What are the details of the pension buyout being offered by The News?
Add any combination adding up to 10 years to an individual’s age or years of service, thereby lifting the current 30-year cap on years of service used in the formula to figure a pension.
It’s important to note that employees who already have reached the 30-year cap will be given credit for their extra years worked. Thus, a 35-year veteran can add the 10 years to his year of service and have his or her pension calculated at 45 years.
It’s also important to note that the $40,000 cap on annual pension payments remains in effect.
In the example used in the previous question, one could add 4 years to reach age 65 and add 6 years to obtain 34 years of service.
That same 61-year-old reporter’s new pension, under the buyout deal, would be 34 x .0155 x 60,000 = $31,620. Again, this is an estimate that would have to be confirmed by The News. There would be no penalty for leaving early because of the additional years added to the individual’s age. In this illustration, the reporter would leave The News with a pension of $31,620 a year with the buyout offer versus $21,352 without the buyout offer.
However, in such comparisons, it’s important to consider that you might not have planned to leave The News at this moment. Therefore, you should estimate your pension for the time in the future you might normally have retired and compare that amount to what you will receive under the buyout offer.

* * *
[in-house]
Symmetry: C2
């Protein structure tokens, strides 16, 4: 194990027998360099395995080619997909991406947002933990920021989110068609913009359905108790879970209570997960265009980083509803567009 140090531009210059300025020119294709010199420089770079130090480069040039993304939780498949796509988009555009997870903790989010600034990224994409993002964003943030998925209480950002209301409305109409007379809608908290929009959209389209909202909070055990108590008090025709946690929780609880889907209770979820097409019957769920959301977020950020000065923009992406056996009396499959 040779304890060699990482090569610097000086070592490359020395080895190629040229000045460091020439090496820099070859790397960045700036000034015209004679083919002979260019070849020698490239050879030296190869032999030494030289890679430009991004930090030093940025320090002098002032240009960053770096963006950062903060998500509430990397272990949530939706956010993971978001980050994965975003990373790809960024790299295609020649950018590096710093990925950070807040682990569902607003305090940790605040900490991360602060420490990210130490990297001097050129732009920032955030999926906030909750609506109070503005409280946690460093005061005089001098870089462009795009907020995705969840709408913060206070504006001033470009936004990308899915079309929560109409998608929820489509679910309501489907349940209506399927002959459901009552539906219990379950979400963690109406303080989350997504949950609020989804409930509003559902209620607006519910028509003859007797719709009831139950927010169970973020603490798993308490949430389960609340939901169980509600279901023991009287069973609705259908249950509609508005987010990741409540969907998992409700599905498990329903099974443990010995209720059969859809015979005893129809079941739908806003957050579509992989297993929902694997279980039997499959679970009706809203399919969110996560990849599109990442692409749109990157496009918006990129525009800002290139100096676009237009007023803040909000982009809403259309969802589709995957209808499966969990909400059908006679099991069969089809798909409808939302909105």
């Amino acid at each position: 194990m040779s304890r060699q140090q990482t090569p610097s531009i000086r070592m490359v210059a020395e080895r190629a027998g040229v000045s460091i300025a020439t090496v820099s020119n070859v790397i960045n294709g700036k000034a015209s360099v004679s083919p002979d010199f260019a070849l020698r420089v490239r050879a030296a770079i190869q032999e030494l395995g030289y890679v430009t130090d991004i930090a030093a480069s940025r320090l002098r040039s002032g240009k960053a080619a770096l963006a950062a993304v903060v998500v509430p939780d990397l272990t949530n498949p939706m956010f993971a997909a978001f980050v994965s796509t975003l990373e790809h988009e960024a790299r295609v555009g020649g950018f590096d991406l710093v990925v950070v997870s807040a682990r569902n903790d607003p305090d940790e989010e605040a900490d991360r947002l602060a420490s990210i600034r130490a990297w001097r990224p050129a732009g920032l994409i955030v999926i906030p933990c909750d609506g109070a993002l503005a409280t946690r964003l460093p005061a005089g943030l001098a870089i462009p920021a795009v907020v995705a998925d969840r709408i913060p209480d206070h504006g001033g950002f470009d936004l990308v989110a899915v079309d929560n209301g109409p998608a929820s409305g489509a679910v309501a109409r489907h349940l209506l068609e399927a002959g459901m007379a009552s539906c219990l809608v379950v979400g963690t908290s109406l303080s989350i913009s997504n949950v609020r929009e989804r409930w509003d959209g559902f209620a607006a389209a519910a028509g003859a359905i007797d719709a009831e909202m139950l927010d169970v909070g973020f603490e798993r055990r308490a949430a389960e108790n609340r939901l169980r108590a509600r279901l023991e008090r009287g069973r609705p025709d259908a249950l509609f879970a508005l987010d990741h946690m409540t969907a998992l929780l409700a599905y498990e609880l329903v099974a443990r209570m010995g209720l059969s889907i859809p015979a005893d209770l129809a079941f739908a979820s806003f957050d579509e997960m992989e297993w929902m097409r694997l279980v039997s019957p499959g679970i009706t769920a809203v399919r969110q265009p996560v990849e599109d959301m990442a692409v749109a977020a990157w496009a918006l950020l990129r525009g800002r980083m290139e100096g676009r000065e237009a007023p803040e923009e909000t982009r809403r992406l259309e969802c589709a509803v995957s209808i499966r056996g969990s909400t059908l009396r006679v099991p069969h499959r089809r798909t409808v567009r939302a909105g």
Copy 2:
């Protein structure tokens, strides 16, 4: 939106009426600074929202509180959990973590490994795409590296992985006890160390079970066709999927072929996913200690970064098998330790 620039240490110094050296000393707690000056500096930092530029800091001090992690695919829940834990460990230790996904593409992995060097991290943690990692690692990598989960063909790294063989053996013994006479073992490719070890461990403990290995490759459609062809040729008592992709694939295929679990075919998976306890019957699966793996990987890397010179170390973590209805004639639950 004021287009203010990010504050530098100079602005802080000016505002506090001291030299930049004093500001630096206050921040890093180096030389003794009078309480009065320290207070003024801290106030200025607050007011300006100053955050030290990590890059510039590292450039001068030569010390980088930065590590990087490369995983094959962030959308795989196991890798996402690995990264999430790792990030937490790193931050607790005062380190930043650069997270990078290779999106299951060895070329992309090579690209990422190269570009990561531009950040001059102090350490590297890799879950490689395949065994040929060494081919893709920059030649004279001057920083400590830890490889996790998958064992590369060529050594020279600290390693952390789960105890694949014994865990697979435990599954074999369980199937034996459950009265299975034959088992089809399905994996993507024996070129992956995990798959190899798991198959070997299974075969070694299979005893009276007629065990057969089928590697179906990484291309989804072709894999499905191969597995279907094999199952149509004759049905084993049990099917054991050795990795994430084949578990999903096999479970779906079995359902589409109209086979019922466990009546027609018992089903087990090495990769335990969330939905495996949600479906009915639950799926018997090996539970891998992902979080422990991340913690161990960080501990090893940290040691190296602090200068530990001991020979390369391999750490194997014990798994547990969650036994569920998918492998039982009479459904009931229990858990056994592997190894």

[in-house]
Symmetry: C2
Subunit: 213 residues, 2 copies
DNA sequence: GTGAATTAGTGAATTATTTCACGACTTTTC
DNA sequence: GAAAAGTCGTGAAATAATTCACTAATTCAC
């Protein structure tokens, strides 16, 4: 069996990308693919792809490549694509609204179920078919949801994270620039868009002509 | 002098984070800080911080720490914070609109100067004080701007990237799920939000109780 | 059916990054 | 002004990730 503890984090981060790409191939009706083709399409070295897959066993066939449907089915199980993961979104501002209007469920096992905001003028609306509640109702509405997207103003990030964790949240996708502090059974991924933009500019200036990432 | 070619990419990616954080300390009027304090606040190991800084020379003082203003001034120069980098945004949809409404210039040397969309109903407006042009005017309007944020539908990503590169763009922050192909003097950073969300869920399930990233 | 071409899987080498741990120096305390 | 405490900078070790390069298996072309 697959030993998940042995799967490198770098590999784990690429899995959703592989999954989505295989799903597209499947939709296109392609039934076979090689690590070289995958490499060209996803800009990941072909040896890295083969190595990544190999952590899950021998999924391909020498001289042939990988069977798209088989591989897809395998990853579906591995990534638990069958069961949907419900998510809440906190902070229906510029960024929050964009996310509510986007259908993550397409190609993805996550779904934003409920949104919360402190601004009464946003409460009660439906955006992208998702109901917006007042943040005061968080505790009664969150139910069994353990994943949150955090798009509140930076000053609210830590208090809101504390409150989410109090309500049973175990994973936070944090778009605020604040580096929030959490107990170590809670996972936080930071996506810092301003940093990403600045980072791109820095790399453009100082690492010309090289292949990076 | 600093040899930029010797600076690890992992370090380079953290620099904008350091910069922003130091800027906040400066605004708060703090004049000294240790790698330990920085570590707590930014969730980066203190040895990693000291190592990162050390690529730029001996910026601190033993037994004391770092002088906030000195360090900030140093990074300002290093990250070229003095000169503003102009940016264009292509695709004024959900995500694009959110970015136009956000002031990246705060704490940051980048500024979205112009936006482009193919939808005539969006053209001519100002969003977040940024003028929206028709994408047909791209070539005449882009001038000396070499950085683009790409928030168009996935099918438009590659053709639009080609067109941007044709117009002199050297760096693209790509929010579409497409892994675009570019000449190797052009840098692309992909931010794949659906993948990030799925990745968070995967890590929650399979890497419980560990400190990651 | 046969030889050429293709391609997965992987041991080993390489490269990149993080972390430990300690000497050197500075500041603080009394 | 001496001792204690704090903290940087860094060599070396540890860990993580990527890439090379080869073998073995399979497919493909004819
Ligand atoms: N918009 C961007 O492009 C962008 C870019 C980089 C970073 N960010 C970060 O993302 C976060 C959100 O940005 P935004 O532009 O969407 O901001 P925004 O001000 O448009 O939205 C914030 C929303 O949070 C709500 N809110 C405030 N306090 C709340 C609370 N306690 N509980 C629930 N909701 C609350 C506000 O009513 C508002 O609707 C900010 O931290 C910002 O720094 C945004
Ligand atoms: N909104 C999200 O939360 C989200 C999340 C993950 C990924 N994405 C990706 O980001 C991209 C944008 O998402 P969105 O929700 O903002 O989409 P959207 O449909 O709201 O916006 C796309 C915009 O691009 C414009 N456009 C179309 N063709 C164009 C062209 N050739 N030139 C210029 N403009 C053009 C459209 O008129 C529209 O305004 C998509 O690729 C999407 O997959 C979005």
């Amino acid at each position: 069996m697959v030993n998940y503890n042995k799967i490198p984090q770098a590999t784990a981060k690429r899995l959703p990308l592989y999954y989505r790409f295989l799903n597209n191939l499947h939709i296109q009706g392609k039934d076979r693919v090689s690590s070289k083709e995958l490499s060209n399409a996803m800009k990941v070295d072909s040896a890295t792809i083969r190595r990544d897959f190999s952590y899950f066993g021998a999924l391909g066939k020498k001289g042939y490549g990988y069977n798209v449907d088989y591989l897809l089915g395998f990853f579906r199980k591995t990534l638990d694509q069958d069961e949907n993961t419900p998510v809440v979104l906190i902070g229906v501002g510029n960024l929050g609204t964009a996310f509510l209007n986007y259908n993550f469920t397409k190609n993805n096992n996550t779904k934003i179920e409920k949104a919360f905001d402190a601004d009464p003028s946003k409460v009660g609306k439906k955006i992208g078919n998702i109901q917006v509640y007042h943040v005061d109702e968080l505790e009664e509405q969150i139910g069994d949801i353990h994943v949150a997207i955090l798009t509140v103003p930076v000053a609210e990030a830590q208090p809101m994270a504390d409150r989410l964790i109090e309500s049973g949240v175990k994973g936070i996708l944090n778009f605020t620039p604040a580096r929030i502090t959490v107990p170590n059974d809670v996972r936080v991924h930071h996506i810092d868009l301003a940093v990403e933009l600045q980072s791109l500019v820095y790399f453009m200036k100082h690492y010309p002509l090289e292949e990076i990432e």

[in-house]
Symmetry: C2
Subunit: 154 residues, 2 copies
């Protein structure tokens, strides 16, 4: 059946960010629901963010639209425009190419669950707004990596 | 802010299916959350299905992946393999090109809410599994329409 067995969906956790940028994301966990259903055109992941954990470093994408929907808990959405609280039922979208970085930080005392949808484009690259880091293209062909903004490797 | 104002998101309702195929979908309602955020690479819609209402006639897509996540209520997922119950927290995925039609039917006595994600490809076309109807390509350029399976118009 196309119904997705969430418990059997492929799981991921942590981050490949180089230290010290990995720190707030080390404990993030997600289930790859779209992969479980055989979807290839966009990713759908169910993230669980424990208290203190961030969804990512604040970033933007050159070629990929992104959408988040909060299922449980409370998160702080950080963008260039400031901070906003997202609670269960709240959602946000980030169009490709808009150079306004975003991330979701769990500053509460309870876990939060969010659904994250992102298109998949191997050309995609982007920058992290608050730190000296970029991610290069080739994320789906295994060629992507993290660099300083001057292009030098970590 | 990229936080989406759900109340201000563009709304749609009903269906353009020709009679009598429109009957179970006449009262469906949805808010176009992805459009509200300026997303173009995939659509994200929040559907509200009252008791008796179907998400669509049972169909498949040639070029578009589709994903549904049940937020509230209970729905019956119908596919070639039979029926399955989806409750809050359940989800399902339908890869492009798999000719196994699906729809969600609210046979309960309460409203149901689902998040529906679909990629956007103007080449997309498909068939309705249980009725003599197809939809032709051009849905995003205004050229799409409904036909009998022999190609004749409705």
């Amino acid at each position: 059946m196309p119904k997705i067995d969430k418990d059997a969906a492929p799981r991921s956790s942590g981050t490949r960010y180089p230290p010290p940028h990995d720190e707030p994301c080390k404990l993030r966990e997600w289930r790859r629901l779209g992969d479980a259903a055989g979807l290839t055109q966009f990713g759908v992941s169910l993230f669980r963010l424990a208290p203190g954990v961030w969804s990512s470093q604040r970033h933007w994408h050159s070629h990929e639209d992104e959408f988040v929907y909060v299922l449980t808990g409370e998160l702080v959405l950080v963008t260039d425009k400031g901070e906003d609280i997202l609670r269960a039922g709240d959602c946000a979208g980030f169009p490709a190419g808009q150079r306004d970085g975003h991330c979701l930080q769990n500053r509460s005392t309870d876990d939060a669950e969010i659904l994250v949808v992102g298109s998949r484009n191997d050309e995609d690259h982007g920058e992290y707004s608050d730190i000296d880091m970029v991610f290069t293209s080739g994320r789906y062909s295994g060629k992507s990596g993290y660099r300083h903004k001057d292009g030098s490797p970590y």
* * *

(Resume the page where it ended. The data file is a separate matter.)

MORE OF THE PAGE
When considering a buyout offer, it’s also advisable to examine your lost wages and the cost of health care insurance between these different dates.
What about my 401K?
It is portable, but you can keep your 401K plan at the News and continue to manage it if you’d like.
Can I come back and work part-time?
If nine district managers accept the buyout, The News will give them the option of returning as permanent part-time DMs. They must accept a part-time job offer when it is offered, which the company expects to be shortly after April 26. The company said DMs can expect about 12 hours of work a week at $18.54 an hour, and they can use their seniority to be first in line to bid on extra hours that may become available.
Different rules apply in the newsroom. The News has the right to call retirees as needed. There is no guarantee of hours, however. If fewer than nine DMs accept a buyout, these rules would apply to them, as well.
If newsroom employees are interested in working part-time upon retirement, you should approach Editor Margaret Sullivan before making a decision on accepting the buyout. The company has said she will let prospective retirees know before they make a decision as to whether she is willing to bring them back part-time.
In any event, retirees may not work more than 1,000 hours during a calendar year and they will be paid the top minimum scale for the group in which they are performing work. They would not be eligible for health insurance.
There are no part-time opportunities for employees in other Guild-represented departments.
What about health insurance?